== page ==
Wilderness Walk – Mfolosi 1985

The Umfolosi Wilderness is a special place. Far too small, of course, but its what we have. I’m reading Ian Player’s account of how Magqubu Ntombela taught him about wilderness and Africa and nature. The idea of a wild place where modern man could go to escape the city and re-discover what Africa was like

My first trail was ca 1985, when I went with Dusi canoeing buddies Doug Retief, Martin & Marlene Loewenstein and Andre Hawarden. We were joined by a 19yr-old lass on her own, sent by her father, who added greatly to the scenery:

What a beauty! 'Our' 19yr old D___ (Donna?); Martin Lowenstein on right

A good sport – took our gentle teasing well

We went in my kombi and some highlights I recall were:

Doug offering “bah-ronies” after lunch one day. We were lying in the shade of a tree after a delicious lunch made by our guides: Thick slices of white bread, buttered and stuffed with generous slices of tomato and onion, washed down with tea freshly brewed over a fire of Thomboti wood. Doug fished around in his rucksack and gave us each a mini Bar One (“bah-ronie”, geddit?). Best tasting chocolate I ever ate, spiced as it was with hunger and exertion.

After the 5-night trail we went for a game drive. Needing a leak after a few bitterly cold brews I left the wheel with the kombi trundling along amiably and walked to the side door of the kombi, ordering Hawarden to take over the driving. Not good at taking orders, he looked at me, waited till I was in mid-stream out of the open sliding door and leant over with his hiking stick and pressed the accelerator. The driverless kombi picked up speed and I watched it start to veer off-road, necessitating a squeezed premature end to my leak and a dive for the wheel.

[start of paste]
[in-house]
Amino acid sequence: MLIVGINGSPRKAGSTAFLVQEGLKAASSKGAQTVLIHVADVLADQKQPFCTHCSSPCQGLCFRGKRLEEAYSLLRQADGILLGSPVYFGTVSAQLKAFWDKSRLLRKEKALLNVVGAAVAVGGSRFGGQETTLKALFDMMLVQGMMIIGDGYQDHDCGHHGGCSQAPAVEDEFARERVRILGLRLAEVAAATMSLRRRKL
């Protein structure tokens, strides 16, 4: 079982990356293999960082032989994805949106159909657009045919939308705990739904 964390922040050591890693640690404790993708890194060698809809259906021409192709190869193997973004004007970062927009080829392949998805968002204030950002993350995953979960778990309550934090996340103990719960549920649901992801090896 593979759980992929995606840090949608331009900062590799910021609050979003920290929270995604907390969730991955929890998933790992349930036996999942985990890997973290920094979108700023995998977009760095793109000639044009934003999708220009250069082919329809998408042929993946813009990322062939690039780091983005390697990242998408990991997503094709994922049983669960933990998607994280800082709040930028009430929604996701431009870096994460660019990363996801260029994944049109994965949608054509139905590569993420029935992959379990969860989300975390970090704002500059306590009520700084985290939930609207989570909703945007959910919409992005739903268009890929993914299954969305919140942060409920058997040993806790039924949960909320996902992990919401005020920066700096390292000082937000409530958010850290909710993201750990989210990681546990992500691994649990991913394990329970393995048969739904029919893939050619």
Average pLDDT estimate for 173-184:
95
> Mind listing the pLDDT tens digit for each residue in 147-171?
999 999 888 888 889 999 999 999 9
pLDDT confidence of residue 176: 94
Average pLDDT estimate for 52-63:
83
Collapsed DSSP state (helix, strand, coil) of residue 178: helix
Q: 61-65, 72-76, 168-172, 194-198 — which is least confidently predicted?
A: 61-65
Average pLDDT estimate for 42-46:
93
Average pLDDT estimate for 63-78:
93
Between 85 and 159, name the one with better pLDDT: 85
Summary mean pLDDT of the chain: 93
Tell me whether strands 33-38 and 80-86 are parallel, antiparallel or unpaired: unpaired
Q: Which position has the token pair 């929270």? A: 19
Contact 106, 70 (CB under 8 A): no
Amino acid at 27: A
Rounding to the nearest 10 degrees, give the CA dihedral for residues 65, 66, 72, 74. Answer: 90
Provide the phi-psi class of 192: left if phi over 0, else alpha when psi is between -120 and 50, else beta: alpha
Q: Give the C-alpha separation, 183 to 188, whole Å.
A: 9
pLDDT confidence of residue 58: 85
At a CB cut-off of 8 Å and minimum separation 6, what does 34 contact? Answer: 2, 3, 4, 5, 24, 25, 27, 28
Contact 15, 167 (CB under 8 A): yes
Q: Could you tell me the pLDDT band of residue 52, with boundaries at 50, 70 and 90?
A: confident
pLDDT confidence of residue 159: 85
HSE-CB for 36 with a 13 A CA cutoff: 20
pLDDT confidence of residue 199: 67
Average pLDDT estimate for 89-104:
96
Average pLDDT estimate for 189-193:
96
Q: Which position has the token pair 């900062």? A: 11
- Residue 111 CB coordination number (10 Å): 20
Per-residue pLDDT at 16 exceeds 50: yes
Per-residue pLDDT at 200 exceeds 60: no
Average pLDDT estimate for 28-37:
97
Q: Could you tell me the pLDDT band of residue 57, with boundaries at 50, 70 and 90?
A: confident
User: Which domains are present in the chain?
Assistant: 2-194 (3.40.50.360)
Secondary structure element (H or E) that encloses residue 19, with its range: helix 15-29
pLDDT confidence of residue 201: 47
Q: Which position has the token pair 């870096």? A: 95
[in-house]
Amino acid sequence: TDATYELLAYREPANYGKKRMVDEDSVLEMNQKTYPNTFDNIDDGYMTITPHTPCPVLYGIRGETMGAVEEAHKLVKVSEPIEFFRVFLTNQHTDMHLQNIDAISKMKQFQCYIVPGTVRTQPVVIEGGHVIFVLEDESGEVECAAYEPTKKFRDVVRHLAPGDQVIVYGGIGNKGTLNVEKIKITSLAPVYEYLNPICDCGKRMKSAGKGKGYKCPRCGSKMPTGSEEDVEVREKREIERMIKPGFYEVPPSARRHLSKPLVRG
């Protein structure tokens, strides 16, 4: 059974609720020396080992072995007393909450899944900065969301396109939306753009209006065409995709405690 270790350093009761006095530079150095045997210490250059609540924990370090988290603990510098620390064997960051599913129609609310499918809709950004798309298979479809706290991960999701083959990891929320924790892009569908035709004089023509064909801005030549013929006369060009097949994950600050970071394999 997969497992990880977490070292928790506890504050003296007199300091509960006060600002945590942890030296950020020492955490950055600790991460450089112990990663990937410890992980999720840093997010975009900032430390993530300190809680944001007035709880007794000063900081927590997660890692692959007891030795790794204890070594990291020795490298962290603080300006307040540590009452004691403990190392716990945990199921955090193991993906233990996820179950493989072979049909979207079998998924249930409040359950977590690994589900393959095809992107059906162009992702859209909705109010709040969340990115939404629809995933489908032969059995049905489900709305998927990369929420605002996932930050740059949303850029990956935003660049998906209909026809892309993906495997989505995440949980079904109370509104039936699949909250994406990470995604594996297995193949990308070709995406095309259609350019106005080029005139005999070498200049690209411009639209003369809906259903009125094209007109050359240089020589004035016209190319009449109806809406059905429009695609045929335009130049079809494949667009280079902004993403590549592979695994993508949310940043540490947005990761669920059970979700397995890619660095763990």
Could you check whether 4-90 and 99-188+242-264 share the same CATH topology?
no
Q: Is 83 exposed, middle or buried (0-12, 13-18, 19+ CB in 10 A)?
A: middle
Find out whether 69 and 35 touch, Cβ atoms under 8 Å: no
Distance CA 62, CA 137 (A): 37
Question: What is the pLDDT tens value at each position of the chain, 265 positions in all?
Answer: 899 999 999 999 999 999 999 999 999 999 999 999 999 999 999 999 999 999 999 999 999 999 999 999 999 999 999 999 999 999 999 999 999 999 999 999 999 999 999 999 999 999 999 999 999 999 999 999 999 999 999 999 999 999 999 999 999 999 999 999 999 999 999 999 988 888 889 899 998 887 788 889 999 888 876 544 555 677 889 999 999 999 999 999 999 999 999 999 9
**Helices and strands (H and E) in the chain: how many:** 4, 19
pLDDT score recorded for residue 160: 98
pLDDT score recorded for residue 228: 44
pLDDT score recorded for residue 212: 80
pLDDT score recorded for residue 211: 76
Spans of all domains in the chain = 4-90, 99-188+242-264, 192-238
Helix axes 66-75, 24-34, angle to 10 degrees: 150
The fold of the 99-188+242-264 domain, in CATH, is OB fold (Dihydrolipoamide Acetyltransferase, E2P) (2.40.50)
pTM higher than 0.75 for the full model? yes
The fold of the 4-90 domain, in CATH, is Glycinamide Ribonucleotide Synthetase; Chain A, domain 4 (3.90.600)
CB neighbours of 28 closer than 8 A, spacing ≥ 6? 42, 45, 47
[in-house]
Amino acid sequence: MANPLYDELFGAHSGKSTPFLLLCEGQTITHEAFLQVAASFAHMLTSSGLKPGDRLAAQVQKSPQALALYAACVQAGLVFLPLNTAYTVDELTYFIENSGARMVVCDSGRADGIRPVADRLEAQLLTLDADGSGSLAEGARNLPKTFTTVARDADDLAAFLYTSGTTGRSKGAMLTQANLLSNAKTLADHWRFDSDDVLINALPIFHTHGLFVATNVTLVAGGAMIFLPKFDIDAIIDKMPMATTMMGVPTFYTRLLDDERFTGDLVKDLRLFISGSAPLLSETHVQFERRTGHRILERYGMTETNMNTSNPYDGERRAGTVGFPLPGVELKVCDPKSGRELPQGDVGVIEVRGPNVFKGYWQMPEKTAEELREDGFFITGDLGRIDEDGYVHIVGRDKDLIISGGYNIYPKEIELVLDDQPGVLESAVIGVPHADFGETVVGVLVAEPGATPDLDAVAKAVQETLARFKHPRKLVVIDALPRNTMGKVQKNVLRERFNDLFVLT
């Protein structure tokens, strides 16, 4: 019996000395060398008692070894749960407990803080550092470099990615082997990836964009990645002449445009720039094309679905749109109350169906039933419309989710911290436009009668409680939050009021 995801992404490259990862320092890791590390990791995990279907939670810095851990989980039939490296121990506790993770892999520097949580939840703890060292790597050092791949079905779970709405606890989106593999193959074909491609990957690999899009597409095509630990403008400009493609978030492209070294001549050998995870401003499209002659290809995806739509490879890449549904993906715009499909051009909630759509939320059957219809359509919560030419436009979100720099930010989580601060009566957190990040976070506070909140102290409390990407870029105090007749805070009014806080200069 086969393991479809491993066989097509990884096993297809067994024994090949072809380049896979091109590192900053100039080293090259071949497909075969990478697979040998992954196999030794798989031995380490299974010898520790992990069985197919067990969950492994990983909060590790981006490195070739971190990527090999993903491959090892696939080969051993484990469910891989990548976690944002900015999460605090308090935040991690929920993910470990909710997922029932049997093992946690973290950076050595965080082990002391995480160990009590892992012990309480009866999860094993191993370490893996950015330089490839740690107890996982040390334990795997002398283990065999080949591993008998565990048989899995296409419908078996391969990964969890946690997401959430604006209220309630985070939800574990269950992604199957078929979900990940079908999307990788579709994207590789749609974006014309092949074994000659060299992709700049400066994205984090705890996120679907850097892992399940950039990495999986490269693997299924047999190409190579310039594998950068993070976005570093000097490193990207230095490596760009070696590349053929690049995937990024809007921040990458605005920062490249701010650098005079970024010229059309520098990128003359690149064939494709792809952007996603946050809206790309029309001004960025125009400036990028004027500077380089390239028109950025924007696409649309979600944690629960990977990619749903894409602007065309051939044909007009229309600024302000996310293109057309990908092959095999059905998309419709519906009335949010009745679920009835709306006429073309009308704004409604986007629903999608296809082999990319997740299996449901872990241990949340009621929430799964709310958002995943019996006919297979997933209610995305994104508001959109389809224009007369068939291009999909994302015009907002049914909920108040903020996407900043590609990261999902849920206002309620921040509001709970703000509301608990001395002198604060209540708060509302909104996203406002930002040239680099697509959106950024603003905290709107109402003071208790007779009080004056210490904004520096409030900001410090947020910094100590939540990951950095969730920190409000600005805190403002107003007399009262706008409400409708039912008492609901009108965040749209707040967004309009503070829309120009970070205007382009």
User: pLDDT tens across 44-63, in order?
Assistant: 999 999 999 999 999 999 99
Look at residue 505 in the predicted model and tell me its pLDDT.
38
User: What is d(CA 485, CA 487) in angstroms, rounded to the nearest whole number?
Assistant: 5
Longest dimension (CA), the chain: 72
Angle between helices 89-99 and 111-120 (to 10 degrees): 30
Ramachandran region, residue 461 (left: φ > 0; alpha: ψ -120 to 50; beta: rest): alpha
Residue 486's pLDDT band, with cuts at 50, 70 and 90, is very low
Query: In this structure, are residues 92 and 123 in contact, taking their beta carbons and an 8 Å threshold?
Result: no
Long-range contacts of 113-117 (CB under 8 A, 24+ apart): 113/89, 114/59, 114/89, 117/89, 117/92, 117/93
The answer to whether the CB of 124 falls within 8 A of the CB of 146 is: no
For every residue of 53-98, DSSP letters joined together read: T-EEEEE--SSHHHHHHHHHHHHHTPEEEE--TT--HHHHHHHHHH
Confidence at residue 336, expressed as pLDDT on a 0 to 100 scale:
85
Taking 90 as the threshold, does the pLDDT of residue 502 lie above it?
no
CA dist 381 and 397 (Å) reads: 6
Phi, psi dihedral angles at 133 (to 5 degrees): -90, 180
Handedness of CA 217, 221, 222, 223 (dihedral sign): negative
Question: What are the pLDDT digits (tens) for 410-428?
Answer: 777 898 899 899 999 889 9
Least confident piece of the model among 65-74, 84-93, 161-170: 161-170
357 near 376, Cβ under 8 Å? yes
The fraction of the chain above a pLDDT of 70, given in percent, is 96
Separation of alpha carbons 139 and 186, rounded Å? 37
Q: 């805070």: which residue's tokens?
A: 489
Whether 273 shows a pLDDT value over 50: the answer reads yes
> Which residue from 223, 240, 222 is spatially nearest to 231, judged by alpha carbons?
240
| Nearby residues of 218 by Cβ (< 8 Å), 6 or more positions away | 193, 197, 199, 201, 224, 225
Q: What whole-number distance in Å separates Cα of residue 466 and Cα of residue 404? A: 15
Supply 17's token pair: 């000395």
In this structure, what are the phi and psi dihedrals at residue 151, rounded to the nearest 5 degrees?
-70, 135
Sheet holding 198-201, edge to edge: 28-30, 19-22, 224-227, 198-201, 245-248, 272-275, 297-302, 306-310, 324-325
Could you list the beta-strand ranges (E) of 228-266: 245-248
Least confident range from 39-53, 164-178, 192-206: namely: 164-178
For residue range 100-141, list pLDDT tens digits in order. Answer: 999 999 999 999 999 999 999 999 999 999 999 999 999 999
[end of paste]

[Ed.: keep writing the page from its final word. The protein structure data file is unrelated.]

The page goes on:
Thanks a lot, Hawarden! Pleasure, he murmured mildly. Hooligan!

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30yrs later Andre Hooligan Hawarden wrote:

“Hey, remember that cool walk we did in the game reserve when you had the tape recorder and we attracted the owl? Then next day we lay on the bank of the Umlofosi river and watched the vultures coming down for a lunch time drink and a snooze?

That was a wonderful experience. I’ve never forgotten it.”

Beating a Not-So-Hasty Retreat

The Dundee (pronounced DinDear locally) athletic club and the Dundee Hysterical Society run a 21km foot race called the Isandlwana 21 or The Fugitives’ Trail half marathon every January on the closest Sunday to the 22nd which is when the homeland-defending Zooloos routed the wickedly-invading Poms in 1879 and gave them a well-deserved smack on the snoot. After this thrashing Mrs Queen Vic dished out her Crosses by the dozen like smarties to cover up their embarrassment. A fig leaf for the Empire’s nakedness, I say.

The race starts on a hill overlooking the Isandlwana mountain and ends at Rorke’s Drift.

I went to run it one year and it was very special: Half the club members manning the water tables dressed as Zulus in full regalia, and half dressed as pith-helmeted, redcoated Poms. Some of the former were pale and some of the latter dark, to add to the hilarity.

The oke who started the race looked like a drunken Pommy colonel. He had no gun, no whistle nor no trumpet. He rambled on about who had done what to whom in 1879 – a potted history – and then, when the ‘off’ time arrived he shouted:

“THE ZULUS ARE AFTER YOU!! RUN!

‘Course, in my specific case, all the Zooloos running that day were well ahead of me. Nevertheless, just like Mrs Queen Vic, the DinDear athletic club dished out Victoria Crosses liberally that day, even to slow coaches.

~~~oo0oo~~~

redcoats n zulus

The race result was something like this photo above.

We crossed the Buffalo river at Rorke’s Drift and finished at the famous mission of the same name:

The finishers medal is special – a cross between a Victoria Cross and a Zulu shield:

My VC from Isandlwana 21km

I later gave mine away to a great cause.

~~~oo0oo~~~